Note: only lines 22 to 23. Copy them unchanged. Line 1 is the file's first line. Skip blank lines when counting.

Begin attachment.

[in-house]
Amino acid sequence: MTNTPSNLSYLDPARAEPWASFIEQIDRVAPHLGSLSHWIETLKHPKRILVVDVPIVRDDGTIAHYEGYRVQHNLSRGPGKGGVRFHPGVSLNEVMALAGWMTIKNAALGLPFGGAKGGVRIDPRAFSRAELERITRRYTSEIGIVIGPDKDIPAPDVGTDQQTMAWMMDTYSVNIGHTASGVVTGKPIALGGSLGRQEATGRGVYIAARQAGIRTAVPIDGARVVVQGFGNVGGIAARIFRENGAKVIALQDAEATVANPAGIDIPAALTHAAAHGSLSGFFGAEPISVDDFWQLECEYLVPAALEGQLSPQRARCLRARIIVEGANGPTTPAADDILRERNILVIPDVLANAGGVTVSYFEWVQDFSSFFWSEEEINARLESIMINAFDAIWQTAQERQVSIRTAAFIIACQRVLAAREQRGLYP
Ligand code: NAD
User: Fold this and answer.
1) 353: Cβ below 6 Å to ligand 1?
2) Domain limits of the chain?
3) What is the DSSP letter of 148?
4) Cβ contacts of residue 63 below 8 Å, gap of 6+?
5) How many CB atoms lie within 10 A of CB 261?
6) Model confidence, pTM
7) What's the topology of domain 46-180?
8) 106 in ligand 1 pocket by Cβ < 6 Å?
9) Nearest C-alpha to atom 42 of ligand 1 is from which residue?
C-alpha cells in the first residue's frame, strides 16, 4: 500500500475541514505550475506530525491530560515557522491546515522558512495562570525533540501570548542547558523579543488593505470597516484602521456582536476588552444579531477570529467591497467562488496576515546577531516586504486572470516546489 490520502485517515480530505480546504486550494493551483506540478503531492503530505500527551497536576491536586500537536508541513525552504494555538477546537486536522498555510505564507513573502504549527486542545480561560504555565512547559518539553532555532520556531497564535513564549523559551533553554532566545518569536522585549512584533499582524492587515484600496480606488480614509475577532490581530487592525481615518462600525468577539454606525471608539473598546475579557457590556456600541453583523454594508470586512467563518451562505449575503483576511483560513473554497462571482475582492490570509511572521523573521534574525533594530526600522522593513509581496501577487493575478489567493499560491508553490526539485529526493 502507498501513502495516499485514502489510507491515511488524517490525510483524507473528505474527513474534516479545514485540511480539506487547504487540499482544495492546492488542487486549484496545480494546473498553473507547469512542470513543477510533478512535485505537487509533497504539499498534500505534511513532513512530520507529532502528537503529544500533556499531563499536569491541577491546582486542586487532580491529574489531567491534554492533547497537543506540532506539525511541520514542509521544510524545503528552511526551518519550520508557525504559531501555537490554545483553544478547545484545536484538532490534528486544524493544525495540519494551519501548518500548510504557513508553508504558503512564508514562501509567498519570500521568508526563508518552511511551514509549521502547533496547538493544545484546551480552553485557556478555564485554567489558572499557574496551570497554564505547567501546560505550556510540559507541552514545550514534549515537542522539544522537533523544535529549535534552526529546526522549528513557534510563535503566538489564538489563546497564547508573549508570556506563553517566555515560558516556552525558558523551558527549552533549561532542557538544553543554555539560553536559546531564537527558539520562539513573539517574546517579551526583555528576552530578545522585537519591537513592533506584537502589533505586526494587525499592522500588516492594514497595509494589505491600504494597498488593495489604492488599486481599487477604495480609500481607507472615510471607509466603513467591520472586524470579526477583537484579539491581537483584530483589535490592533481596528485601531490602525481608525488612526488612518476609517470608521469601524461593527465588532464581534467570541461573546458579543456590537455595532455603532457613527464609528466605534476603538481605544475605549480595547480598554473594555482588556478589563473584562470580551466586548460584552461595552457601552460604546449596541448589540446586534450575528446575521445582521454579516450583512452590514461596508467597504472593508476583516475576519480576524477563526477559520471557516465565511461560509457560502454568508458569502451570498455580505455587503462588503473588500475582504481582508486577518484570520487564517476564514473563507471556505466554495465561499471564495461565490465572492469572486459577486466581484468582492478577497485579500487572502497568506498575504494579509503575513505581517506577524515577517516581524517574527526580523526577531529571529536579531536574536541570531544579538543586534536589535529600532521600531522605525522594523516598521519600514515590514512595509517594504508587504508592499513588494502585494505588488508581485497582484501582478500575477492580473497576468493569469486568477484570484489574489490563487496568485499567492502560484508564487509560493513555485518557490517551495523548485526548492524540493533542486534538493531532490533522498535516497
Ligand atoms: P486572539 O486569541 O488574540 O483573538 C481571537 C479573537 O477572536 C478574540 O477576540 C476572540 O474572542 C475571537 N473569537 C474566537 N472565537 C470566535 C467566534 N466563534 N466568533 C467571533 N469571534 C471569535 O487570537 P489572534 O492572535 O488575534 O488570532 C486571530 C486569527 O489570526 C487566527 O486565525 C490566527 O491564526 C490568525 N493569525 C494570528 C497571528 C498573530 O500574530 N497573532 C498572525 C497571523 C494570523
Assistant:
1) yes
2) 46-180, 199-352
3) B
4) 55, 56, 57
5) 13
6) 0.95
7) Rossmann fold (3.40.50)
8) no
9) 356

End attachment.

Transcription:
6) 0.95
7) Rossmann fold (3.40.50)